During that stretch, we noticed some more panoramas before we eventually arrived at the small town of Ingleton.

We continued seeing numerous signs asking if we had paid yet, which really made us wonder why the owners or authorities were so anxious to collect money from hikers.

Anyways, after walking through the village, we’d eventually make it back to the car park.

Ingleton_Waterfalls_Trail_226_08172014 - Towards the end of our loop hike along the Ingleton Waterfalls Trail, we re-entered the town of Ingleton and had to walk through it to return to the car park
Towards the end of our loop hike along the Ingleton Waterfalls Trail, we re-entered the town of Ingleton and had to walk through it to return to the car park

Apparently the lady working the parking booth was relieved to see us as she was probably anxious to get home.

It was about 6:15pm when we got back, which was nearly 4 hours after we had started the hike.

Authorities

The Ingleton Waterfalls Trail resides in Ingleton in North Yorkshire County, England. It is administered by the Ingleton Waterfalls Trail. For information or inquiries about the area as well as current conditions, visit their website.

Ingleton_Waterfalls_Trail_002_08172014 - Julie getting started on the Ingleton Waterfalls Trail loop hike on the River Twiss side
Ingleton_Waterfalls_Trail_007_08172014 - Julie continuing to follow the Ingleton Waterfalls Trail which skirted alongside the River Twiss
Ingleton_Waterfalls_Trail_009_08172014 - The Ingleton Waterfalls Trail along the River Twiss hugged this cliff as we headed in the upstream direction in the first half of the loop hike
Ingleton_Waterfalls_Trail_012_08172014 - The narrow but developed Ingleton Waterfalls Trail running alongside the River Twiss
Ingleton_Waterfalls_Trail_017_08172014 - Julie going through a forested part of the Ingleton Waterfalls Trail when it momentarily veered inland from the River Twiss
Ingleton_Waterfalls_Trail_018_08172014 - Context of another section where Julie had to get by a part of the Ingleton Waterfalls Trail squeezed between some cliffs and the River Twiss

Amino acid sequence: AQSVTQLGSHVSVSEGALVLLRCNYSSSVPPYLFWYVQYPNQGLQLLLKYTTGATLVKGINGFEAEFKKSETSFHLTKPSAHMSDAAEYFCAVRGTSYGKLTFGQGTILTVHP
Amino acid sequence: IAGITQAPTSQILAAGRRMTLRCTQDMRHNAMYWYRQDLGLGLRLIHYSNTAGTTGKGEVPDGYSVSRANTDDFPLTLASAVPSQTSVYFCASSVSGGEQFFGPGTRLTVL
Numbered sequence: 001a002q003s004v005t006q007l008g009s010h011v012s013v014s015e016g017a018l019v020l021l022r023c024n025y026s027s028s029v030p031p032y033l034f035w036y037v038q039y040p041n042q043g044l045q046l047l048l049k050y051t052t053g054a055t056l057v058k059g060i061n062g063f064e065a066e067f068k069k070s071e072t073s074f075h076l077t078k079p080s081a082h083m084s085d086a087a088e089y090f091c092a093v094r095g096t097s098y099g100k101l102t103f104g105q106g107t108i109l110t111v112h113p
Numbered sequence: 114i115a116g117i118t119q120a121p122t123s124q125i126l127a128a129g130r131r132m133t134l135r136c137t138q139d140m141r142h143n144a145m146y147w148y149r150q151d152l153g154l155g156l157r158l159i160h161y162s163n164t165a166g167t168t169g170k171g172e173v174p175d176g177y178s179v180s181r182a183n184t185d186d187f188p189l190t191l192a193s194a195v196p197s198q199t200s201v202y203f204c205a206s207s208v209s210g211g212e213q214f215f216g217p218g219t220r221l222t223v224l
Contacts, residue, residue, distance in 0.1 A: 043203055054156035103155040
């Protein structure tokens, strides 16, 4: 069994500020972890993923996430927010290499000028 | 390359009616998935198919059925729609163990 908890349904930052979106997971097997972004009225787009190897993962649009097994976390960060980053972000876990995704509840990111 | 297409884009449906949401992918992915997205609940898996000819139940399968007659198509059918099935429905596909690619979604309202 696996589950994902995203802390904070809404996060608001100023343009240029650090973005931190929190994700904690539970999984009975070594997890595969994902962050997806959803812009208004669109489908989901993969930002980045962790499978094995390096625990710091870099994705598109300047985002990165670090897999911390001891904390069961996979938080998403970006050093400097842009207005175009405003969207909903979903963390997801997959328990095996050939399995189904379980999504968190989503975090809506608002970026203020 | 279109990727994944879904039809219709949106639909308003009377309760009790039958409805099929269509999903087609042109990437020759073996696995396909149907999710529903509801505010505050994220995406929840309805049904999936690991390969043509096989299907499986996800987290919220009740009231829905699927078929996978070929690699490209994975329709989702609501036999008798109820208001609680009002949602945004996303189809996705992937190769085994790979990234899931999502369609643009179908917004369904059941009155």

Ingleton_Waterfalls_Trail_020_08172014 - Looking downstream from the footbridge traversing the River Twiss on the Ingleton Waterfalls Trail
Ingleton_Waterfalls_Trail_022_08172014 - Julie passing by some interestingly-shaped mushrooms alongside the River Twiss on the Ingleton Waterfalls Trail
Ingleton_Waterfalls_Trail_023_08172014 - Purple flowers blooming high up on the hills above and across the River Twiss as seen from the Ingleton Waterfalls Trail
Ingleton_Waterfalls_Trail_029_08172014 - Julie on the bridge across the River Twiss before the First Pecca Falls
Ingleton_Waterfalls_Trail_052_08172014 - Looking down across the First Pecca Falls with hint of a rainbow just as the sun momentarily came out
Ingleton_Waterfalls_Trail_053_08172014 - Context of Julie checking out the upper tiers of the First Pecca Falls
Ingleton_Waterfalls_Trail_070_08172014 - Looking down at the Holly Bush Spout, which was just upstream of the Pecca Twin Falls
Ingleton_Waterfalls_Trail_072_08172014 - After the Holly Bush Spout, the trail climbed above the tree cover and we were now exposed to the elements on the Ingleton Waterfalls Trail
Ingleton_Waterfalls_Trail_081_08172014 - Approaching the Thornton Force, which happened to have a faint rainbow at its base
Ingleton_Waterfalls_Trail_088_08172014 - Context of Thornton Force with a few downstream cascades in full spate
Ingleton_Waterfalls_Trail_103_08172014 - Looking back down at the stairs we had to climb to get above Thornton Force
Ingleton_Waterfalls_Trail_106_08172014 - Looking back at the Ingleton Waterfalls Trail from the top of Thornton Force on the River Twiss side
Ingleton_Waterfalls_Trail_107_08172014 - Julie ascending towards the top of the steps above the Thornton Force on the Ingleton Waterfalls Trail loop hike on the River Twiss side
Ingleton_Waterfalls_Trail_109_08172014 - While in the Ravens Ray section of the Ingleton Waterfalls Trail above Thornton Force, I noticed this series of small cascades resembling some kind of Necklace Cascade (which we also encountered before at Roski Slap in Krka National Park in Croatia)
Ingleton_Waterfalls_Trail_111_08172014 - Continuing ahead on the Ingleton Waterfalls Trail well uphill from Thornton Force as we were approaching the calmer and flatter parts of the hike and the River Twiss itself
Ingleton_Waterfalls_Trail_113_08172014 - A few more steps leading up to the apex of the climb above the Thornton Force near the head of the River Twiss side of the Ingleton Waterfalls Trail
Ingleton_Waterfalls_Trail_116_08172014 - Julie heading further upstream along a calmer part of the River Twiss before the Ingleton Waterfalls Trail crosses it and veers across pastures towards the River Doe
Ingleton_Waterfalls_Trail_117_08172014 - The sun briefly made an appearance as we continued beyond Thornton Force and headed to the River Doe. Shown here was some rolling pastures looking across a calm part of the River Twiss
Ingleton_Waterfalls_Trail_119_08172014 - Some incoming bad weather as Julie descended towards a bridge over a calm part of the River Twiss
Ingleton_Waterfalls_Trail_120_08172014 - The bridge crossing over the River Twiss as we were headed towards Kingsdale
Ingleton_Waterfalls_Trail_123_08172014 - Looking downstream towards some incoming bad weather from the bridge traversing the River Twiss near Kingsdale
Ingleton_Waterfalls_Trail_131_08172014 - Contextual view looking back towards the pastures in the distance as the Ingleton Waterfalls Trail veered across the rolling hills en route to the River Doe drainage
Ingleton_Waterfalls_Trail_134_08172014 - Julie walking along some stone fences while on the part of the Ingleton Waterfalls Trail loop hike where we went between the River Twiss and the River Doe